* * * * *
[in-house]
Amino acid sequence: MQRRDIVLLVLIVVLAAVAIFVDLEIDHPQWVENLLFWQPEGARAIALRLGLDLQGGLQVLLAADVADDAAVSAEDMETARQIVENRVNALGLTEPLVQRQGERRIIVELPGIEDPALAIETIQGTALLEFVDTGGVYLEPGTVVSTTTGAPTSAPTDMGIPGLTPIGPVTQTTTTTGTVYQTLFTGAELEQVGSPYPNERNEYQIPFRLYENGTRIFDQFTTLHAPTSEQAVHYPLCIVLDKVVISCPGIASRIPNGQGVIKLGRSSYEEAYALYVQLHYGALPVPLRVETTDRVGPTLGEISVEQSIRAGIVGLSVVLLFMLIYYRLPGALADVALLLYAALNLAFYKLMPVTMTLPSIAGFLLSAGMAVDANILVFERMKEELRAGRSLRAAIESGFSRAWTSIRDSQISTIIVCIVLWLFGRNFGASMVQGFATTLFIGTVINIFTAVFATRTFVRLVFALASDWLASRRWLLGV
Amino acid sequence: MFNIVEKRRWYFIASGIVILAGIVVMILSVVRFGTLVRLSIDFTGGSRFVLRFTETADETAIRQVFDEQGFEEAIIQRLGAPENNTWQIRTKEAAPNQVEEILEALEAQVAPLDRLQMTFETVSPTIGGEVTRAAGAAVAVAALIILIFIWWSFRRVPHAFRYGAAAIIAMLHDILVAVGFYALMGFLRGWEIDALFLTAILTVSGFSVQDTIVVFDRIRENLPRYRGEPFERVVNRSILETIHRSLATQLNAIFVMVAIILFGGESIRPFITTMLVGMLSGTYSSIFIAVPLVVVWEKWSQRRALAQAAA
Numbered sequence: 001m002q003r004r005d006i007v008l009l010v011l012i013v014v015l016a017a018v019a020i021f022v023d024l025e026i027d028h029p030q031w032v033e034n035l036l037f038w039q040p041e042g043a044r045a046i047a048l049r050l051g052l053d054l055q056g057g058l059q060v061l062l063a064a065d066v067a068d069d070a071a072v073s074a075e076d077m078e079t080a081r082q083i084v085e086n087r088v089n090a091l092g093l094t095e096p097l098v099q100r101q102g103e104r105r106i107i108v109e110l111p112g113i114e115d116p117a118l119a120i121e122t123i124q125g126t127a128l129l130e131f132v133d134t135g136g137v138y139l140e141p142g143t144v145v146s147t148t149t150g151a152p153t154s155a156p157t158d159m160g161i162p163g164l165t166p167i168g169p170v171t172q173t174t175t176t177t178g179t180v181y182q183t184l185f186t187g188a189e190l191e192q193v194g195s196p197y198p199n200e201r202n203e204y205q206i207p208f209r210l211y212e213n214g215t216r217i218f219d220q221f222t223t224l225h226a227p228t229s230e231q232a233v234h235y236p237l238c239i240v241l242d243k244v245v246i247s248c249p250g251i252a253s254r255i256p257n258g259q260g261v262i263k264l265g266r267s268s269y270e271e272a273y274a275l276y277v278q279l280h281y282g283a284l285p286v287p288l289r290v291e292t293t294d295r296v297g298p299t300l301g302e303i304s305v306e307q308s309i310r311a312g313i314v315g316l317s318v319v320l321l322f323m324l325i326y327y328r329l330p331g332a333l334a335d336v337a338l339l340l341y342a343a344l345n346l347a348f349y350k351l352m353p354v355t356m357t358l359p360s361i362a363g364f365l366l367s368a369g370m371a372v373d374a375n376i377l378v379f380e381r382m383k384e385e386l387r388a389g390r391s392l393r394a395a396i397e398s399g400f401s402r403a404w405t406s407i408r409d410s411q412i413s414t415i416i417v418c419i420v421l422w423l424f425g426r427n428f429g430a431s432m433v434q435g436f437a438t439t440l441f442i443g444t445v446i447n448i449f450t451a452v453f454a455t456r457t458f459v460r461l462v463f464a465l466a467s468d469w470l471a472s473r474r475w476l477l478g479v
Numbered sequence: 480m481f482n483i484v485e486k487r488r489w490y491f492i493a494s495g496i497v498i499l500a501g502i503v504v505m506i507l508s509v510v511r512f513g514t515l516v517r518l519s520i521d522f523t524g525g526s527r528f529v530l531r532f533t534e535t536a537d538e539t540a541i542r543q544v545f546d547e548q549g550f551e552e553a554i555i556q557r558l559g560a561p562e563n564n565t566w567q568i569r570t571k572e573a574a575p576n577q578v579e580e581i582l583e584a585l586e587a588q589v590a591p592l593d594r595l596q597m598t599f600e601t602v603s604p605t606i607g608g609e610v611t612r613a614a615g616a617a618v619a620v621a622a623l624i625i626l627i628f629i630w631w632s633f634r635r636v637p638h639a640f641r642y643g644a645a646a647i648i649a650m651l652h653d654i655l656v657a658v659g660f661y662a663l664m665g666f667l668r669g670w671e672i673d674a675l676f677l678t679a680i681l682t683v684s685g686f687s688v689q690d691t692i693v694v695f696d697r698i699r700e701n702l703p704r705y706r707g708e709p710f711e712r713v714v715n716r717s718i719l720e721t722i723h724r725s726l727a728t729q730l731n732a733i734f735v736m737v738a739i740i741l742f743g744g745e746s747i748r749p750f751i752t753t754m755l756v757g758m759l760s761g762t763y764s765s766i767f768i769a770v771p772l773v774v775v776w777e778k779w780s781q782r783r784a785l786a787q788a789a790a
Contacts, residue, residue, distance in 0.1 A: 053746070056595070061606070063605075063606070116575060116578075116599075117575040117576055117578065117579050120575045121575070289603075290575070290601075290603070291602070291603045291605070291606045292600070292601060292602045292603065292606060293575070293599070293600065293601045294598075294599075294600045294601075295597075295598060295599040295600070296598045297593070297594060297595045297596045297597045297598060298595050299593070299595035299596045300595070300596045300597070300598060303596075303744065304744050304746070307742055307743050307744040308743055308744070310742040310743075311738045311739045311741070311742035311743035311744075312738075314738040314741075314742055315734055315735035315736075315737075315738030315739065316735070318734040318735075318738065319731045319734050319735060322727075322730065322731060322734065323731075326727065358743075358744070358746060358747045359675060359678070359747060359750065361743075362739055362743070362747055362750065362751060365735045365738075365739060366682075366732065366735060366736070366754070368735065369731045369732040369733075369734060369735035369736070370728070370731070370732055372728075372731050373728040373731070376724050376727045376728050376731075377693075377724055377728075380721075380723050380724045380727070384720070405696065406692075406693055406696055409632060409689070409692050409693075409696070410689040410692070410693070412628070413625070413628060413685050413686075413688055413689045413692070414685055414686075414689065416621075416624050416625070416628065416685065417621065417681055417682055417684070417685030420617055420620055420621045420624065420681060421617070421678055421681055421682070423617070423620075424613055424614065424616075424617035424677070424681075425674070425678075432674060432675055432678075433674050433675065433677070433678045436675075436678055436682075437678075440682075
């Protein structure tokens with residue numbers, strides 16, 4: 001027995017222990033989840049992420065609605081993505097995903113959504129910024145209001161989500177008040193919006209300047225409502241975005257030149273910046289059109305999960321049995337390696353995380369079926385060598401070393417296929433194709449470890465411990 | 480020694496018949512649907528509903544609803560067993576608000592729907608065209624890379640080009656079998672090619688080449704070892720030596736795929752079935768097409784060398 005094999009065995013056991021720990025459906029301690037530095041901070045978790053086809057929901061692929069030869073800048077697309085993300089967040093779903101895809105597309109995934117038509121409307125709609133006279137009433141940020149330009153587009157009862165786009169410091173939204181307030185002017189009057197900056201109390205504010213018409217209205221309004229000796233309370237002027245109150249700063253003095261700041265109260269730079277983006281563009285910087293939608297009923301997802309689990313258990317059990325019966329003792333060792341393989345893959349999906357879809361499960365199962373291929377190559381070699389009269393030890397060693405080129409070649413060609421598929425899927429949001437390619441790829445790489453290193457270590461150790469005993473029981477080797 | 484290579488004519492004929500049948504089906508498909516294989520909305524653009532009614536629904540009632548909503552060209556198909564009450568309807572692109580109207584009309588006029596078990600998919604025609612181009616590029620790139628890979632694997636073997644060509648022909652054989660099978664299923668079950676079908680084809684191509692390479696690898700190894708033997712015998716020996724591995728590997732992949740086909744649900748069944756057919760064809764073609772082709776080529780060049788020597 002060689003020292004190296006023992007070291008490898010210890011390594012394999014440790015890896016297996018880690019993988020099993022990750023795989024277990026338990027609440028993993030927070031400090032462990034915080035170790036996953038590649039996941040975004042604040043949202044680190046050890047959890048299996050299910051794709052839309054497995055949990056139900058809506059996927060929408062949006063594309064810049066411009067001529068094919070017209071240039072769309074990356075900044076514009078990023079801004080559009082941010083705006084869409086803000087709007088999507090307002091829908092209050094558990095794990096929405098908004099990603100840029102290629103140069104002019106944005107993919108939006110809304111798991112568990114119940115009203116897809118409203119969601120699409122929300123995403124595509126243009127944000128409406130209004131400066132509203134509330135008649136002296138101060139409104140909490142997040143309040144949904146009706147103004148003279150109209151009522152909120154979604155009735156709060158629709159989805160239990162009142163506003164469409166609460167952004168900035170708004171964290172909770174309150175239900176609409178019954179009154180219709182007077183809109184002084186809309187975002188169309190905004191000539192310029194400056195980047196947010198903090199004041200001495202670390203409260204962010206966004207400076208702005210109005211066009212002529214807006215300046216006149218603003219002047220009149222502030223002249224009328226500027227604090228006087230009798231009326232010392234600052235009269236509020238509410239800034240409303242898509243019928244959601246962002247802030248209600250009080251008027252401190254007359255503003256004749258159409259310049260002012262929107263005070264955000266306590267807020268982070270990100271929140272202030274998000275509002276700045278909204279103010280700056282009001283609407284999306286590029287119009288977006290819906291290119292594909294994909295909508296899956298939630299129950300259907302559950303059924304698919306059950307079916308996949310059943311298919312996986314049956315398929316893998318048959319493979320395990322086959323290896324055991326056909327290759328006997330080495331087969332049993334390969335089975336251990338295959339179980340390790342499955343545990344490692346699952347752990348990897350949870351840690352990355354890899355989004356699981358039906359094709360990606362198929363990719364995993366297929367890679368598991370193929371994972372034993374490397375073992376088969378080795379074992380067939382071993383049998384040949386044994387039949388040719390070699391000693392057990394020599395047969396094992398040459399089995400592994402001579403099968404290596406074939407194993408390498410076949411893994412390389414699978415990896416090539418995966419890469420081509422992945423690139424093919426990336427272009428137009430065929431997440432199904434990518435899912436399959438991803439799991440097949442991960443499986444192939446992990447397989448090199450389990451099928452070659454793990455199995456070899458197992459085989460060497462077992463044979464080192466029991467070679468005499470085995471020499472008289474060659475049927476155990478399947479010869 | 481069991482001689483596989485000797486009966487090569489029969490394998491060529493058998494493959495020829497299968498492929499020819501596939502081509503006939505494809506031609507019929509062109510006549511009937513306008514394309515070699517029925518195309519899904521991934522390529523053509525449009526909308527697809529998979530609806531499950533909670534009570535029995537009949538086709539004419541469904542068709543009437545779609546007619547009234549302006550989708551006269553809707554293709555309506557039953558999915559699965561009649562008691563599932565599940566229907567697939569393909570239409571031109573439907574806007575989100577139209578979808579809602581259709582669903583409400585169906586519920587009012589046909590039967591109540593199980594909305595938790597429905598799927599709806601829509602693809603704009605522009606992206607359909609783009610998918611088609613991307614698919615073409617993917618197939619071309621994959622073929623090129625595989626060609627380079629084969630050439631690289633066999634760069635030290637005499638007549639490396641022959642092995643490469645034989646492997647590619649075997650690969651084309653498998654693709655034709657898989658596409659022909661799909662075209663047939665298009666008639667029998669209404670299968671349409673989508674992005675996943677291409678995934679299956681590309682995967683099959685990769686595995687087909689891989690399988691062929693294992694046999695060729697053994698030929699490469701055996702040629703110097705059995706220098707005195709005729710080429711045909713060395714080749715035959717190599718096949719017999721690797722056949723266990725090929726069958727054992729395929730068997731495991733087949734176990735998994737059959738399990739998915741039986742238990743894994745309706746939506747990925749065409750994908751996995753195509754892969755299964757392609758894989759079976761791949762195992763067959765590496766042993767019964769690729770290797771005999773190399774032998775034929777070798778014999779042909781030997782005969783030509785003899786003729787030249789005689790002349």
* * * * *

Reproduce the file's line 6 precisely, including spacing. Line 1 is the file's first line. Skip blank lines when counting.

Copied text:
Contacts, residue, residue, distance in 0.1 A: 053746070056595070061606070063605075063606070116575060116578075116599075117575040117576055117578065117579050120575045121575070289603075290575070290601075290603070291602070291603045291605070291606045292600070292601060292602045292603065292606060293575070293599070293600065293601045294598075294599075294600045294601075295597075295598060295599040295600070296598045297593070297594060297595045297596045297597045297598060298595050299593070299595035299596045300595070300596045300597070300598060303596075303744065304744050304746070307742055307743050307744040308743055308744070310742040310743075311738045311739045311741070311742035311743035311744075312738075314738040314741075314742055315734055315735035315736075315737075315738030315739065316735070318734040318735075318738065319731045319734050319735060322727075322730065322731060322734065323731075326727065358743075358744070358746060358747045359675060359678070359747060359750065361743075362739055362743070362747055362750065362751060365735045365738075365739060366682075366732065366735060366736070366754070368735065369731045369732040369733075369734060369735035369736070370728070370731070370732055372728075372731050373728040373731070376724050376727045376728050376731075377693075377724055377728075380721075380723050380724045380727070384720070405696065406692075406693055406696055409632060409689070409692050409693075409696070410689040410692070410693070412628070413625070413628060413685050413686075413688055413689045413692070414685055414686075414689065416621075416624050416625070416628065416685065417621065417681055417682055417684070417685030420617055420620055420621045420624065420681060421617070421678055421681055421682070423617070423620075424613055424614065424616075424617035424677070424681075425674070425678075432674060432675055432678075433674050433675065433677070433678045436675075436678055436682075437678075440682075